Analyzing the data and reacting is about how fast you can “clean up the mess”. It pre-supposes you can megaphone your brand message and shout down those who have a different point of view.

By participating in conversations about your brand you have the ability to prevent situations where the perception becomes the story. You have the ability to turn negative experiences into positive brand affinity moments that increase your customer loyalty and enhance your brand in the eyes of those watching. And in this new Social Media world we are all watching.

JustSignal – Turn down the noise and just get the signal.

snr-big.png

On Friday, November 21st cosinity released JustSignal – a combined FriendFeed and Twitter application that allows you to turn down the noise and focus in on just those topics or users you find most interesting.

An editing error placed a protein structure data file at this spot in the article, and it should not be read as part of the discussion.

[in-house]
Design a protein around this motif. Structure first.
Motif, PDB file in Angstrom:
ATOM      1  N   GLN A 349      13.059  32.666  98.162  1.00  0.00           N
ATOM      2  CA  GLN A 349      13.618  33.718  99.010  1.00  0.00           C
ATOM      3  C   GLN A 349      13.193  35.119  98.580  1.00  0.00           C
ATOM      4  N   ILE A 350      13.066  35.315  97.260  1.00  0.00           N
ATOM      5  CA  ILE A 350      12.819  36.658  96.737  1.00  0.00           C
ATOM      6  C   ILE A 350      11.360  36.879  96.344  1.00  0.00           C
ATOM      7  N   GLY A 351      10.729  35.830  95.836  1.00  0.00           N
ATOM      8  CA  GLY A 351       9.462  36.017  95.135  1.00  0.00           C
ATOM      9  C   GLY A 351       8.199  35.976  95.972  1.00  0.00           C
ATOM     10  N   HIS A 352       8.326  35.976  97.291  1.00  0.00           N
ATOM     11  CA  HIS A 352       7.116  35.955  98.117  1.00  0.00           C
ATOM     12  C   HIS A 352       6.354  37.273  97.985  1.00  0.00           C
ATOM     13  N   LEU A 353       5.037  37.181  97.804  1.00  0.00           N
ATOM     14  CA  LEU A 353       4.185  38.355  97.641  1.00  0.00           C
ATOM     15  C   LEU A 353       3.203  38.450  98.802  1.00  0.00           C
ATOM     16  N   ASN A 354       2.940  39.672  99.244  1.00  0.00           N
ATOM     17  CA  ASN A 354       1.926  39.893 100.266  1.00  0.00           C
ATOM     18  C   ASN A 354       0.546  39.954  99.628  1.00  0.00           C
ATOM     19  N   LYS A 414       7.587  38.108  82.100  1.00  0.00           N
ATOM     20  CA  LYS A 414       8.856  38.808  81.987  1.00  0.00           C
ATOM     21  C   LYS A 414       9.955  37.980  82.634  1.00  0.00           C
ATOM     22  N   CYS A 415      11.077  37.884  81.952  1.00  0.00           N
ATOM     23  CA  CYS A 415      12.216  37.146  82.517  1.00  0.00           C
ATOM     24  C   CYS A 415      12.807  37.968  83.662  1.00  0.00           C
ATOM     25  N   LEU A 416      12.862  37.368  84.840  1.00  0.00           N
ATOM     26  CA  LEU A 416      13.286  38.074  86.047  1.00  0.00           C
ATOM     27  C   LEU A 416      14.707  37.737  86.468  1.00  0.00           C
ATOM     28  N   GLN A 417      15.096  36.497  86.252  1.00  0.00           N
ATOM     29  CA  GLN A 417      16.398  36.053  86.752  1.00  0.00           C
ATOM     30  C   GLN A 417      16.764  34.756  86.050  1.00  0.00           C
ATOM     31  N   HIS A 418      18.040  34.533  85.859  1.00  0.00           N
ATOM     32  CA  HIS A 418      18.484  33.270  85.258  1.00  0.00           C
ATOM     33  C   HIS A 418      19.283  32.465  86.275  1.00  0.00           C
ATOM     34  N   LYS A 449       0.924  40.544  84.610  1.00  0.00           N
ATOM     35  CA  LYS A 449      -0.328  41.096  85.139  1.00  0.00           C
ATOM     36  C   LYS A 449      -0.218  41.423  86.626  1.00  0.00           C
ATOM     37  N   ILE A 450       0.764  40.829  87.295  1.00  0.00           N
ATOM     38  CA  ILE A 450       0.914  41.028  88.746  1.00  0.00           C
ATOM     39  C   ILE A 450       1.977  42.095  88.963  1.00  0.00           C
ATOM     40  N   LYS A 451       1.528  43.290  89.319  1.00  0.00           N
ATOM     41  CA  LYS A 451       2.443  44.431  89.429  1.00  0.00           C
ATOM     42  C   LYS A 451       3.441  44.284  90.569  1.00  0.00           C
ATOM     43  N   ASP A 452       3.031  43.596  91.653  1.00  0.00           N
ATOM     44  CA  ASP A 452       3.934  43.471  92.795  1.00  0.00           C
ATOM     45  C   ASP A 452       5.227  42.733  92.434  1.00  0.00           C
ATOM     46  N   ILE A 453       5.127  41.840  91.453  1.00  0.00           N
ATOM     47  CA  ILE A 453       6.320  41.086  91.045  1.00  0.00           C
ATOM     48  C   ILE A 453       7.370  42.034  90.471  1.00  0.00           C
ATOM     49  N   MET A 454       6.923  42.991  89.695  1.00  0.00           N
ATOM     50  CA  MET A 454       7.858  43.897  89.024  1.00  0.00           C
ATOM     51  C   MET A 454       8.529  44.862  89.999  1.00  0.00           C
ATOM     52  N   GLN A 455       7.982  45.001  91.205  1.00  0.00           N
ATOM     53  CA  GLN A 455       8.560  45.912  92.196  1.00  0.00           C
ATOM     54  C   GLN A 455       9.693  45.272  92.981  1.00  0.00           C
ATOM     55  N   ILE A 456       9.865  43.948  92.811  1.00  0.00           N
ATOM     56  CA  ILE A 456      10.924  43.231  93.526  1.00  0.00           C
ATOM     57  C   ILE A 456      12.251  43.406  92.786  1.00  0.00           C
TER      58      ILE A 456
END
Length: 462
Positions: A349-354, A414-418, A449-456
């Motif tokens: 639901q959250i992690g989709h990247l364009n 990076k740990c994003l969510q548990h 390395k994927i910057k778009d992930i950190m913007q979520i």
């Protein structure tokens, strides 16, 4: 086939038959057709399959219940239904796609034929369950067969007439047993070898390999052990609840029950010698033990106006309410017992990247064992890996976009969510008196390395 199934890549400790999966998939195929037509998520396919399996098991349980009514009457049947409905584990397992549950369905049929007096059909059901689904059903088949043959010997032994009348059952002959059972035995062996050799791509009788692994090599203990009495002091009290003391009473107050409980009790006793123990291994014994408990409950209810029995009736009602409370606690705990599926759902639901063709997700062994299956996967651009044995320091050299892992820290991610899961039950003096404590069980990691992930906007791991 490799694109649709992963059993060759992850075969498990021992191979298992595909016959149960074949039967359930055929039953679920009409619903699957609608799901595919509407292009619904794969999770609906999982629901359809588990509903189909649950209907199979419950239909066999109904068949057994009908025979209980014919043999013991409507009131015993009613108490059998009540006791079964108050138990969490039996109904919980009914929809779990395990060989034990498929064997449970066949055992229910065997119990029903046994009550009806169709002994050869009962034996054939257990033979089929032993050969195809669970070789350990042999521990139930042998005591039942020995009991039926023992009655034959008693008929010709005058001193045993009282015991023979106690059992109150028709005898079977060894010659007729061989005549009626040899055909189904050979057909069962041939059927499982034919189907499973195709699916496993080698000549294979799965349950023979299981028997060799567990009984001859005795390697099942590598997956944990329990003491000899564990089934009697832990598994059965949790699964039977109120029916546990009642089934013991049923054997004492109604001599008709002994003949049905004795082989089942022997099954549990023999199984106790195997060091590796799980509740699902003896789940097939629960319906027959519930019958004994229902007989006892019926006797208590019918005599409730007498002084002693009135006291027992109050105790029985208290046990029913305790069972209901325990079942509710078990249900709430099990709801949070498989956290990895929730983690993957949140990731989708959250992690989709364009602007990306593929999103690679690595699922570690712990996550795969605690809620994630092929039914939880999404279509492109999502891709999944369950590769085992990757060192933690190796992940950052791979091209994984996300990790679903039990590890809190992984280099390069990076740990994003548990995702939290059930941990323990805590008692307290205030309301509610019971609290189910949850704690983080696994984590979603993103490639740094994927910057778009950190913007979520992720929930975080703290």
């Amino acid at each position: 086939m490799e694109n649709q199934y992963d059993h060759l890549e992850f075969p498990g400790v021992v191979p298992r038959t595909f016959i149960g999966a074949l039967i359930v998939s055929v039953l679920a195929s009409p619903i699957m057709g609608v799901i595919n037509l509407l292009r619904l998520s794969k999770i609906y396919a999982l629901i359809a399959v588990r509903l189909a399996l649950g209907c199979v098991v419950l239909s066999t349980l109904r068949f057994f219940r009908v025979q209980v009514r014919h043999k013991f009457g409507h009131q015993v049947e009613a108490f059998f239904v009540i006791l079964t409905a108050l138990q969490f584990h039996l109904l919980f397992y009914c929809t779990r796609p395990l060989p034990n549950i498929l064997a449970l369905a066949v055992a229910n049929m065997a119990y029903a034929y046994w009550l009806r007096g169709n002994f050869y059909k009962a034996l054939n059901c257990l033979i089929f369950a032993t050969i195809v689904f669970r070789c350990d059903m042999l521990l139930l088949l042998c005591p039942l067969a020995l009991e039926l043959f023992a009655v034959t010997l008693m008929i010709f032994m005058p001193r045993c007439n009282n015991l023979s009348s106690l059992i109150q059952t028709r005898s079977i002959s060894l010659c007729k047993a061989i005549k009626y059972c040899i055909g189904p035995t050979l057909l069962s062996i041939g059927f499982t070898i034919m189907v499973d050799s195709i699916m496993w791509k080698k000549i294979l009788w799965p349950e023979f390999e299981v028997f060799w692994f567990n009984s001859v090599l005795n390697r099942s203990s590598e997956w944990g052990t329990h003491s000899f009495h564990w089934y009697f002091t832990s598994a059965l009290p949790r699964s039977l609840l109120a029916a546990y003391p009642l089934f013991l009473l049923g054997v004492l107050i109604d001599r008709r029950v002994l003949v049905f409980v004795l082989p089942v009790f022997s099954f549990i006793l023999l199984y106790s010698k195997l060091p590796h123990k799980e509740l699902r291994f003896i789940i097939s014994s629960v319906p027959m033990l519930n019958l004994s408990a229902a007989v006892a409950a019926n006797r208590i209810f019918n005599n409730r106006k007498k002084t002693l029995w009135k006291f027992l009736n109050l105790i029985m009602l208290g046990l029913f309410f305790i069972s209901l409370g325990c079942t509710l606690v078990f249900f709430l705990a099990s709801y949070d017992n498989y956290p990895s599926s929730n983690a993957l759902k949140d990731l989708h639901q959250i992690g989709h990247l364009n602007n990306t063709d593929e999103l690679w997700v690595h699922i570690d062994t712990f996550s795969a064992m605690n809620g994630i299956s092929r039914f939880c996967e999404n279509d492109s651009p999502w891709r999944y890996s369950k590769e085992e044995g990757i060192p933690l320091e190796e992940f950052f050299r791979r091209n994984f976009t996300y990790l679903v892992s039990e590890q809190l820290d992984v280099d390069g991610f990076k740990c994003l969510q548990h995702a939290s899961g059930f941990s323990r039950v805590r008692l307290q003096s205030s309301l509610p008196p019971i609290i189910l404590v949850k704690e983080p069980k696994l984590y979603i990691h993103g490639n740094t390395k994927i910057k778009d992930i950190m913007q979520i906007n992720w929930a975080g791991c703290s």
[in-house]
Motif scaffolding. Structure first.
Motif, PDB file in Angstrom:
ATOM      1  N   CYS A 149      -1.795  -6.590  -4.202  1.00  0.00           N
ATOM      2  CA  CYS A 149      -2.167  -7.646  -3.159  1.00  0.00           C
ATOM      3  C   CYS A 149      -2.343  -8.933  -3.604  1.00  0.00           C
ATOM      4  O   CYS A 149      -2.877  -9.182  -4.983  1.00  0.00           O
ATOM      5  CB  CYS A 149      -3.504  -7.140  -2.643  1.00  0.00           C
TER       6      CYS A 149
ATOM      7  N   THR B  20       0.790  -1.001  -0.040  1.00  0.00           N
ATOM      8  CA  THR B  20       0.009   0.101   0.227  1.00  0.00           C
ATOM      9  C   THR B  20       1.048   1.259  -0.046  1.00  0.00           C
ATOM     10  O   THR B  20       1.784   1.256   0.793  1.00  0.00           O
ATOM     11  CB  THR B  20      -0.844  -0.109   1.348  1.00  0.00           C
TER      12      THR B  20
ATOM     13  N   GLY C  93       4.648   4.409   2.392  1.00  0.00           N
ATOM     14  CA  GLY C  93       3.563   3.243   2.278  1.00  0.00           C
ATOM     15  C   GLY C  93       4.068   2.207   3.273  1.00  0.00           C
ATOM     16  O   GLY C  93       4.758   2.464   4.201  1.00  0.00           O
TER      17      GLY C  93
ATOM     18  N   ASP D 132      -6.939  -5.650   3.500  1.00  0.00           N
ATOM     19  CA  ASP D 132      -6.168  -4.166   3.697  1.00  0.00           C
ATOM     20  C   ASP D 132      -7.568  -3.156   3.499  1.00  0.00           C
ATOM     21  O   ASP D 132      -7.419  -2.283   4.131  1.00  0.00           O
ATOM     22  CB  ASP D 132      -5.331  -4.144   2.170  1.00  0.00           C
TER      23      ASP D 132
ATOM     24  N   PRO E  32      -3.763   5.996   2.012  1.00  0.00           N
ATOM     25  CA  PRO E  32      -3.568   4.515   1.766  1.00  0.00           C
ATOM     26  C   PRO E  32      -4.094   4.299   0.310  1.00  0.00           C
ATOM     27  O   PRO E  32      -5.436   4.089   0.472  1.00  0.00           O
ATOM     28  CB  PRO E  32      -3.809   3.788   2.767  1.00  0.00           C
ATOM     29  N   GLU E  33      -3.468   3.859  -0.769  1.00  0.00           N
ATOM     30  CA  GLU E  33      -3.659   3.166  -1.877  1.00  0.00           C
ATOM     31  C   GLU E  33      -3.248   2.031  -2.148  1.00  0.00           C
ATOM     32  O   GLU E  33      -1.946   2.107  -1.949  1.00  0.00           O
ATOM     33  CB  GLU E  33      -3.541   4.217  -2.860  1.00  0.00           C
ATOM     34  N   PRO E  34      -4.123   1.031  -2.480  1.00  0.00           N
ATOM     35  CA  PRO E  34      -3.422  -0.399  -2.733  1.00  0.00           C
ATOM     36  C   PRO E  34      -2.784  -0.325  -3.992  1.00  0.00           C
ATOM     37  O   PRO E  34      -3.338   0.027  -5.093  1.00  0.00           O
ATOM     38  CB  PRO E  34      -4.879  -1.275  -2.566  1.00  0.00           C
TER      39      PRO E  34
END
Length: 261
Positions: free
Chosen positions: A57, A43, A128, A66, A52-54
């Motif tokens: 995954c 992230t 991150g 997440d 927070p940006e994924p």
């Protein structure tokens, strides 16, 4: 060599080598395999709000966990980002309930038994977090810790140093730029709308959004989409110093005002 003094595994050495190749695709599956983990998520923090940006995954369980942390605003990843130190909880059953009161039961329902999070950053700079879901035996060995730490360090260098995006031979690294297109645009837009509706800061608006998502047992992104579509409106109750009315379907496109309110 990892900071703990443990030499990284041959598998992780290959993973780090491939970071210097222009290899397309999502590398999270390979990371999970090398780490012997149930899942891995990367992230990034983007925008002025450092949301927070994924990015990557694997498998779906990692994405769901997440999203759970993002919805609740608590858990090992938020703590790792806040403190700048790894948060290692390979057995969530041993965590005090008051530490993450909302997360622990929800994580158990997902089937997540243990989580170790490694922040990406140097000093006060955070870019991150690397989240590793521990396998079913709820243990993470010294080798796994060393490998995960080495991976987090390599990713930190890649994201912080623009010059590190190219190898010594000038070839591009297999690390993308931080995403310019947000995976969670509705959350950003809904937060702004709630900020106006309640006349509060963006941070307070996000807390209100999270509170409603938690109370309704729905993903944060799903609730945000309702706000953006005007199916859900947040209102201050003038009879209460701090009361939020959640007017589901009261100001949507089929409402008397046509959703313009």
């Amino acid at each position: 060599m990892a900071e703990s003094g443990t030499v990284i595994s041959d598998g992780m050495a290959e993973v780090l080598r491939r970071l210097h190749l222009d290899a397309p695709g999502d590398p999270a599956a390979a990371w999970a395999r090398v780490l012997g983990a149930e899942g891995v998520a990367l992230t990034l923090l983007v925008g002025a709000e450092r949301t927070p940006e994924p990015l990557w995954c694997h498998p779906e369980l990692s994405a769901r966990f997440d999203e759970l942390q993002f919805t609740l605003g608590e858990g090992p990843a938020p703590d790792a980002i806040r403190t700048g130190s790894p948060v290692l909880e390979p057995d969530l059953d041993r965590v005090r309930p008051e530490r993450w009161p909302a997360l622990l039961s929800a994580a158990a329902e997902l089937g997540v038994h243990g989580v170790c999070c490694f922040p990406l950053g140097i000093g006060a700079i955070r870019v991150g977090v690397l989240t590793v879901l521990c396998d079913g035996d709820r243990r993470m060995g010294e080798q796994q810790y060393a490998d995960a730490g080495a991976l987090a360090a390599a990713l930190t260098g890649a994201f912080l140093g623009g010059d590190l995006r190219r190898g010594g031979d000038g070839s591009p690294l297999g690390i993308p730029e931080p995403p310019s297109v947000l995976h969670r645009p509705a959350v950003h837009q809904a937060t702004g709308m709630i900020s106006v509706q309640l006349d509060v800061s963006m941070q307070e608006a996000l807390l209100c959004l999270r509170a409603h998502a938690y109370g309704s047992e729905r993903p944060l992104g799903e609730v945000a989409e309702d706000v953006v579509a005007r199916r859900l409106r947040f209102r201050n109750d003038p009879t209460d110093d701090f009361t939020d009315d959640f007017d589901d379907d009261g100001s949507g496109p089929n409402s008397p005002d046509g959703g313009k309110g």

As much as I love Twitter and FriendFeed, they can become a giant distraction. Too much noise, not enough signal. JustSignal is the solution. It allows you to get your entire home feed from FriendFeed and near real-time “Track” from Twitter – all in one user interface. JustSignal’s filtering solution allows you to only receive the information you care most about – in real-time.

justsignal.tiff

While that alone is a powerful solution for the individual user… JustSignal delivers so much more.

JustSignal Brand Monitor tracks your brand across Twitter and FriendFeed – allowing you to monitor what is said about your brand – and react in real time. Our robust solution queues Tweets, FriendFeed Posts, Comments and Likes that refer to your brand. Anyone in your company can log in and respond to those Social Media brand messages as they happen.

JustSignal Brand Monitor also archives everything said about your company – allowing you to analyze the data and determine what the perception is and how it is trending.

This combination of real-time monitoring and response, and historical data analysis is transformative for your company. Stop sending out surveys and start listening to your customers, prospects and influencers.

You can contact me directly for more information.